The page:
I am a teacher. I understand the value of learning the “3 R’s”. I believe all sorts of schooling scenarios can work: public school, private school, home school or even guided independent study. A lot depends on the teacher and the type of student(s) involved. However, I also know that there are things even more important than the basics of reading, writing and computational skills.
And character is not as easy to quantify, teach or assess. Many schools institute a type of values education, but this is often just an add-on to an already over-crowded curriculum. The teachers resent having one more topic to cover and the kids sense their ambivalence. Not a recipe for success, which is why these programs never seem to go the distance. They pop up only to disappear once the teacher or administrator who spearheaded the program moves on to something else. At the same time we are learning more and more about just how important character is in determining the quality of your life.
Your character can be defined as how well you abide by the four classical virtues, one of which, Temperance has been in the news lately. Back in the early 1970‘s Stanford did a study to see if four-year-old kids had an innate sense of temperance, or self-control. They put a child alone in a room with a marshmallow. They were free to eat it, but if they could resist for a set amount of time they would receive two marshmallows. Turns out, some kids were better at this than others. The finding were an interesting curiosity at the time, but decades later the follow up data has made news once again.
Scientist Terrie Moffitt and her colleagues found that self-control has a pervasive and powerful effect on the arc of a life.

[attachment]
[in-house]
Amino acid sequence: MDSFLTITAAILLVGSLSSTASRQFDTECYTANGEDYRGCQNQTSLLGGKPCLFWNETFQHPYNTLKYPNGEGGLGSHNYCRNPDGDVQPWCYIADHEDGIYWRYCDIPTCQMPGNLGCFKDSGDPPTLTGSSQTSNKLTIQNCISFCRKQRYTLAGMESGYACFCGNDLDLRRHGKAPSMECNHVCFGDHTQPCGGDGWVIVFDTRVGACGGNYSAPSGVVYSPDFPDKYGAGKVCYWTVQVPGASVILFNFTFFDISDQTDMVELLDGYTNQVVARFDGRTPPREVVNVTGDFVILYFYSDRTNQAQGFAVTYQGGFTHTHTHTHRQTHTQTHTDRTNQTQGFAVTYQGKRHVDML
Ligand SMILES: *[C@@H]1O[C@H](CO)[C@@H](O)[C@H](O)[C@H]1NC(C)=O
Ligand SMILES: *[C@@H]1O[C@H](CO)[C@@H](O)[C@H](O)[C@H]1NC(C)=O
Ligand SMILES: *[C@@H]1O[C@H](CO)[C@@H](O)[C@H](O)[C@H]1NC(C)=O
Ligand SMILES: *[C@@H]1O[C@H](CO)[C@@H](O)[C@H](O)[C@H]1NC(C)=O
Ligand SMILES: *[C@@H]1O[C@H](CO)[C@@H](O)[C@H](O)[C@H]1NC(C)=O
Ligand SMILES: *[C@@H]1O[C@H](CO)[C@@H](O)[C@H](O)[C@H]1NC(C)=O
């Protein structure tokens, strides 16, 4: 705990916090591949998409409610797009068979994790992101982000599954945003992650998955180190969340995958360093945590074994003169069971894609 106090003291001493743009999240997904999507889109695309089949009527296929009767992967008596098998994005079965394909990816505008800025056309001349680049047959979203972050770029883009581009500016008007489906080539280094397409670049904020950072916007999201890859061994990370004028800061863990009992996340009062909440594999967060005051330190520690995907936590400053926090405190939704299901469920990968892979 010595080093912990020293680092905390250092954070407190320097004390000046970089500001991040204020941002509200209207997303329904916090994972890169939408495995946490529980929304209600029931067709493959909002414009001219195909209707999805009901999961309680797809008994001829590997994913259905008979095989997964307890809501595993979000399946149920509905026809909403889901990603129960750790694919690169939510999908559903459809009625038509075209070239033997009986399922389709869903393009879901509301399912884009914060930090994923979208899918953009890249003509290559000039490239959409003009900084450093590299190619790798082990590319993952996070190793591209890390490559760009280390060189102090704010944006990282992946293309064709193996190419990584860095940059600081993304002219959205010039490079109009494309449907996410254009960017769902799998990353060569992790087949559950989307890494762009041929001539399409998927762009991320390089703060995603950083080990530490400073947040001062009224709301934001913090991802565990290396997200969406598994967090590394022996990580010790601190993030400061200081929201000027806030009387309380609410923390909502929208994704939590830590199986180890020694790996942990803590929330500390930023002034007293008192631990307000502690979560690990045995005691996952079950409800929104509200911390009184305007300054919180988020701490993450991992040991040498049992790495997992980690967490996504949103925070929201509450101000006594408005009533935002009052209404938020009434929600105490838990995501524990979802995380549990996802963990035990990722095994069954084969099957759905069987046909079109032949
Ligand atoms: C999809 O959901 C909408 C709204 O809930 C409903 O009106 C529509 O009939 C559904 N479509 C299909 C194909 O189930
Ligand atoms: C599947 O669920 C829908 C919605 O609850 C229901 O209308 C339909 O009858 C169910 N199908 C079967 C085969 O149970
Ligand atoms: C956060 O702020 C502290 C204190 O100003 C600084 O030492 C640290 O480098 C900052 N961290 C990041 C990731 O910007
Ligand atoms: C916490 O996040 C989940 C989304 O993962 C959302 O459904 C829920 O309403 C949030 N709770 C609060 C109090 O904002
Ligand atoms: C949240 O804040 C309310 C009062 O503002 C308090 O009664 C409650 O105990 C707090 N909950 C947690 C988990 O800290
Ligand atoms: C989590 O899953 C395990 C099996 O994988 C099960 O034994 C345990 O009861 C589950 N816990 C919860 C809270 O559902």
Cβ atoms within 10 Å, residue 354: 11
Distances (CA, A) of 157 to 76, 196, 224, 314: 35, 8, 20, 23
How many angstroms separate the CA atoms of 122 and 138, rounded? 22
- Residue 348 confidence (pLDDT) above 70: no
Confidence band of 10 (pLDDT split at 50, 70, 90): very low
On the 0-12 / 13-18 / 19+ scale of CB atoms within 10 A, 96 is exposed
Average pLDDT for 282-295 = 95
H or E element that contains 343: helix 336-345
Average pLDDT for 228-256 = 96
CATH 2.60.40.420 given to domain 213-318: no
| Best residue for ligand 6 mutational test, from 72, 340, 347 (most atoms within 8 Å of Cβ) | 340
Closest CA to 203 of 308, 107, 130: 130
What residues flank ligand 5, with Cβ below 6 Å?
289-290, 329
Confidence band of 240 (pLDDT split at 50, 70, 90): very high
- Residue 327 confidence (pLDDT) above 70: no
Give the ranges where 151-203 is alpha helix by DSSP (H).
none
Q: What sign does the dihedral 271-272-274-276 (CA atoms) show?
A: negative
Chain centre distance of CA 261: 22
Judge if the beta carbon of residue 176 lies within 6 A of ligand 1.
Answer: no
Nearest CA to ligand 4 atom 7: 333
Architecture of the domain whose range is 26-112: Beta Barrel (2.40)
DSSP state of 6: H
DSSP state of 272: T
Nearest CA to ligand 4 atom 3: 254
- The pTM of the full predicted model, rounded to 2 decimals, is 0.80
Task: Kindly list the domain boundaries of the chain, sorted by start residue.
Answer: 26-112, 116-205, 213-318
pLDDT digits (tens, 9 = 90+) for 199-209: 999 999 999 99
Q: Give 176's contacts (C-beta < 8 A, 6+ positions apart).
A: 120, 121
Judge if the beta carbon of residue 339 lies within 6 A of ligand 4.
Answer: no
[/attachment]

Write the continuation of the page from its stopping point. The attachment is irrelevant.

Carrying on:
Even adjusting for IQ and economic background, children who were more adept at self-control went on to lead better lives. They were healthier, less likely to abuse drugs, more likely to save, less likely to be convicted of a crime, and the list goes on. These “good choices’’ not only benefit the individuals who make them, but their friends, family — even taxpayers.
What makes Moffitt’s discovery of such great public consequence is another surprise. Self-control is like a muscle. It is not just something that one is born with, but something that can be strengthened through regular exercise. Equally important, everyone can benefit. Moffitt found that, no matter the starting point, any improvement in self-control meant brighter prospects, and steps down portended trouble.
While it is always nice to have scientific back-up, the fact that virtue takes practice is hardly new. Over 2,000 years ago Aristotle said that excellence, or virtue of character was a habit more than anything else. We need to constantly exercise our self-control over small things if we ever expect it to “work” when the big temptations of life come along. Many religions instinctively realize this, hence the self-limiting disciplines- no meat on Fridays or set times for prayer. It is not that these specific practices need to have a dogmatic relevance; it is that they help train your self-control muscles as it were.
This is where the tricky part comes in to play. We currently live in a culture that values instant gratification. Self-control is almost looked at as a vice, rather than a virtue in many cases. How many parents give their children everything they could want, and do so out of sincere love, only to be stripping them of the opportunity to train the temperance muscle.
The same goes for adults, myself included. One of the unforeseen benefits of the hard economic times we are currently facing in much of the western world is the drying up of readily available credit. Most of us can not simply whip out the plastic and make spontaneous purchases anymore. But this is a good thing. Part of being human is dealing with lack. It is unnatural to live in a perpetual state of plenty. Just watch one of those lottery-ruined-my-life shows to see how having everything soon leads to nothing.